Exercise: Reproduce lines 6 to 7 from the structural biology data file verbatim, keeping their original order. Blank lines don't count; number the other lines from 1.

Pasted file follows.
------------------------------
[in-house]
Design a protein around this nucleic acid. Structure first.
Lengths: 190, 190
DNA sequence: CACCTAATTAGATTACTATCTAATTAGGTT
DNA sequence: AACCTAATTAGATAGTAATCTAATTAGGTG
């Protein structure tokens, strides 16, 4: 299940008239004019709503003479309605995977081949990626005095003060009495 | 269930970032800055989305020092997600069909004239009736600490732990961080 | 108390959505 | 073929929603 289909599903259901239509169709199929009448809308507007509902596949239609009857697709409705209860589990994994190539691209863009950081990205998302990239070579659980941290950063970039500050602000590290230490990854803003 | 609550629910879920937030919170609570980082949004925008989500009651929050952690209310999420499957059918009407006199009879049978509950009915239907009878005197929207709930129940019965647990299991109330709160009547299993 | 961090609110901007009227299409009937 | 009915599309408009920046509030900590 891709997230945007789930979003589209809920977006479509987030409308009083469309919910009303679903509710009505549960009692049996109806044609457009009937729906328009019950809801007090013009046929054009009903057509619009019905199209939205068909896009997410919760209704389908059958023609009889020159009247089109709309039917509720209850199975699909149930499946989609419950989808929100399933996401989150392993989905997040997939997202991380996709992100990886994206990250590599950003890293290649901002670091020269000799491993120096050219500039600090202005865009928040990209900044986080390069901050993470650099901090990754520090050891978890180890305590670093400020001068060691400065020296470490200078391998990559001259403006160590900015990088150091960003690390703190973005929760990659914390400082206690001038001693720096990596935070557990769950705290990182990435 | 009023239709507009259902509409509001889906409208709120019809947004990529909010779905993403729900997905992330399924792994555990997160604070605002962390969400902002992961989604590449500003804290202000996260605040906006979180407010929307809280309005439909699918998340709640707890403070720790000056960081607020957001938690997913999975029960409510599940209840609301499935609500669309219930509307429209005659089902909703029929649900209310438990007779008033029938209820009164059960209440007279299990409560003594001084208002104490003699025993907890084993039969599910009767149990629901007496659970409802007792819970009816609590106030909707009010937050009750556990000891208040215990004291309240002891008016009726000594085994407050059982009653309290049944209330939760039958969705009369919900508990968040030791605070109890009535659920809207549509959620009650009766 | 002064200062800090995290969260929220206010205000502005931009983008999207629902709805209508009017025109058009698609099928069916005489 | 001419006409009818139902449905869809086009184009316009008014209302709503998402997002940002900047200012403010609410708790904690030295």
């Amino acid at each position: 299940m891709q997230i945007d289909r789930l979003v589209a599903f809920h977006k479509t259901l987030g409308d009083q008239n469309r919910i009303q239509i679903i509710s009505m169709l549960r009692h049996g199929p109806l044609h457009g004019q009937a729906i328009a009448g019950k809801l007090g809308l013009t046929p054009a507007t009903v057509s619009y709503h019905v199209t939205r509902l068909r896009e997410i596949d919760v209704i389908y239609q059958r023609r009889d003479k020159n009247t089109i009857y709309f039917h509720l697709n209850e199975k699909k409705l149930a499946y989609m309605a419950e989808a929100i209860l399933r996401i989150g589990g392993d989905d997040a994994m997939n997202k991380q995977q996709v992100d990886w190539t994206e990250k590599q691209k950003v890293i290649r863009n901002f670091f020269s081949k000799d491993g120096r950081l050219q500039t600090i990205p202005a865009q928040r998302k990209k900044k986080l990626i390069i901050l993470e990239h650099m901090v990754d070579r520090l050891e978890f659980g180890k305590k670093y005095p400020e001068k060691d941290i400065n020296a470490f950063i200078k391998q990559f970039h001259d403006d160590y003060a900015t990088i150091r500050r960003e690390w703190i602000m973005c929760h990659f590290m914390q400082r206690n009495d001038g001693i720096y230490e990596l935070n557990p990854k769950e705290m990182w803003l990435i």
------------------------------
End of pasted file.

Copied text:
């Protein structure tokens, strides 16, 4: 299940008239004019709503003479309605995977081949990626005095003060009495 | 269930970032800055989305020092997600069909004239009736600490732990961080 | 108390959505 | 073929929603 289909599903259901239509169709199929009448809308507007509902596949239609009857697709409705209860589990994994190539691209863009950081990205998302990239070579659980941290950063970039500050602000590290230490990854803003 | 609550629910879920937030919170609570980082949004925008989500009651929050952690209310999420499957059918009407006199009879049978509950009915239907009878005197929207709930129940019965647990299991109330709160009547299993 | 961090609110901007009227299409009937 | 009915599309408009920046509030900590 891709997230945007789930979003589209809920977006479509987030409308009083469309919910009303679903509710009505549960009692049996109806044609457009009937729906328009019950809801007090013009046929054009009903057509619009019905199209939205068909896009997410919760209704389908059958023609009889020159009247089109709309039917509720209850199975699909149930499946989609419950989808929100399933996401989150392993989905997040997939997202991380996709992100990886994206990250590599950003890293290649901002670091020269000799491993120096050219500039600090202005865009928040990209900044986080390069901050993470650099901090990754520090050891978890180890305590670093400020001068060691400065020296470490200078391998990559001259403006160590900015990088150091960003690390703190973005929760990659914390400082206690001038001693720096990596935070557990769950705290990182990435 | 009023239709507009259902509409509001889906409208709120019809947004990529909010779905993403729900997905992330399924792994555990997160604070605002962390969400902002992961989604590449500003804290202000996260605040906006979180407010929307809280309005439909699918998340709640707890403070720790000056960081607020957001938690997913999975029960409510599940209840609301499935609500669309219930509307429209005659089902909703029929649900209310438990007779008033029938209820009164059960209440007279299990409560003594001084208002104490003699025993907890084993039969599910009767149990629901007496659970409802007792819970009816609590106030909707009010937050009750556990000891208040215990004291309240002891008016009726000594085994407050059982009653309290049944209330939760039958969705009369919900508990968040030791605070109890009535659920809207549509959620009650009766 | 002064200062800090995290969260929220206010205000502005931009983008999207629902709805209508009017025109058009698609099928069916005489 | 001419006409009818139902449905869809086009184009316009008014209302709503998402997002940002900047200012403010609410708790904690030295």
């Amino acid at each position: 299940m891709q997230i945007d289909r789930l979003v589209a599903f809920h977006k479509t259901l987030g409308d009083q008239n469309r919910i009303q239509i679903i509710s009505m169709l549960r009692h049996g199929p109806l044609h457009g004019q009937a729906i328009a009448g019950k809801l007090g809308l013009t046929p054009a507007t009903v057509s619009y709503h019905v199209t939205r509902l068909r896009e997410i596949d919760v209704i389908y239609q059958r023609r009889d003479k020159n009247t089109i009857y709309f039917h509720l697709n209850e199975k699909k409705l149930a499946y989609m309605a419950e989808a929100i209860l399933r996401i989150g589990g392993d989905d997040a994994m997939n997202k991380q995977q996709v992100d990886w190539t994206e990250k590599q691209k950003v890293i290649r863009n901002f670091f020269s081949k000799d491993g120096r950081l050219q500039t600090i990205p202005a865009q928040r998302k990209k900044k986080l990626i390069i901050l993470e990239h650099m901090v990754d070579r520090l050891e978890f659980g180890k305590k670093y005095p400020e001068k060691d941290i400065n020296a470490f950063i200078k391998q990559f970039h001259d403006d160590y003060a900015t990088i150091r500050r960003e690390w703190i602000m973005c929760h990659f590290m914390q400082r206690n009495d001038g001693i720096y230490e990596l935070n557990p990854k769950e705290m990182w803003l990435i």